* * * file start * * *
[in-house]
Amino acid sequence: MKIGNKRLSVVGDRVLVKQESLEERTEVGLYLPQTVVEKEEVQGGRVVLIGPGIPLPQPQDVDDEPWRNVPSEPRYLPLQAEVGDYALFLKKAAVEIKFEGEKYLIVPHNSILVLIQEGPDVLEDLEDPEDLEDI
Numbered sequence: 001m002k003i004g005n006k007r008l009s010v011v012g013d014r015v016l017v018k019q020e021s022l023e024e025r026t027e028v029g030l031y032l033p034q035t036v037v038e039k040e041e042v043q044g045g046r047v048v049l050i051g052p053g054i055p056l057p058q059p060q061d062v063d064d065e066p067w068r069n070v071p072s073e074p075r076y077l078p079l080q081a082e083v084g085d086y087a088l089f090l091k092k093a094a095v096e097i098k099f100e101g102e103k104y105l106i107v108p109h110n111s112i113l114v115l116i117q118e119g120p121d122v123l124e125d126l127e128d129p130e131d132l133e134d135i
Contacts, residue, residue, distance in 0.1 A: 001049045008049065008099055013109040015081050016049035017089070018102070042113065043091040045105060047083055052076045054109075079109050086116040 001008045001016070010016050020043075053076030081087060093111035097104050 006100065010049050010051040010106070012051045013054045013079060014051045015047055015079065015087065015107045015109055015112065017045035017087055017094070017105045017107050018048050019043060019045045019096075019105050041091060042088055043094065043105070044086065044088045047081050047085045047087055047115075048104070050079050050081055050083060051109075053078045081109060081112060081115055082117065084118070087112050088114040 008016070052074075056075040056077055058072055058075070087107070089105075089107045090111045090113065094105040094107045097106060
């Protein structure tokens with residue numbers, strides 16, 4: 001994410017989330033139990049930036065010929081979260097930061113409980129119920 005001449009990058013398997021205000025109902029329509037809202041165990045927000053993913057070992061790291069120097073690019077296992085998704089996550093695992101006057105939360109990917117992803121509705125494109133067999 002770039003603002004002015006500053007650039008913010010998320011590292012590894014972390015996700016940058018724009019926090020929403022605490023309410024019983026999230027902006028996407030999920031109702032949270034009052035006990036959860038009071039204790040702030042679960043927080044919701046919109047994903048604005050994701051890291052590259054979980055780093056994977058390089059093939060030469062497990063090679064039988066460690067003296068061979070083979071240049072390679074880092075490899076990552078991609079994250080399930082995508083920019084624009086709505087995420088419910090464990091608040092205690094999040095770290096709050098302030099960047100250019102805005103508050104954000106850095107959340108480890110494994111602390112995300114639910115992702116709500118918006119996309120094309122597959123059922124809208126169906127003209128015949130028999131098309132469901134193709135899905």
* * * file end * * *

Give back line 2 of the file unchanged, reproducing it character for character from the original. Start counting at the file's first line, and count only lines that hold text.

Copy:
Amino acid sequence: MKIGNKRLSVVGDRVLVKQESLEERTEVGLYLPQTVVEKEEVQGGRVVLIGPGIPLPQPQDVDDEPWRNVPSEPRYLPLQAEVGDYALFLKKAAVEIKFEGEKYLIVPHNSILVLIQEGPDVLEDLEDPEDLEDI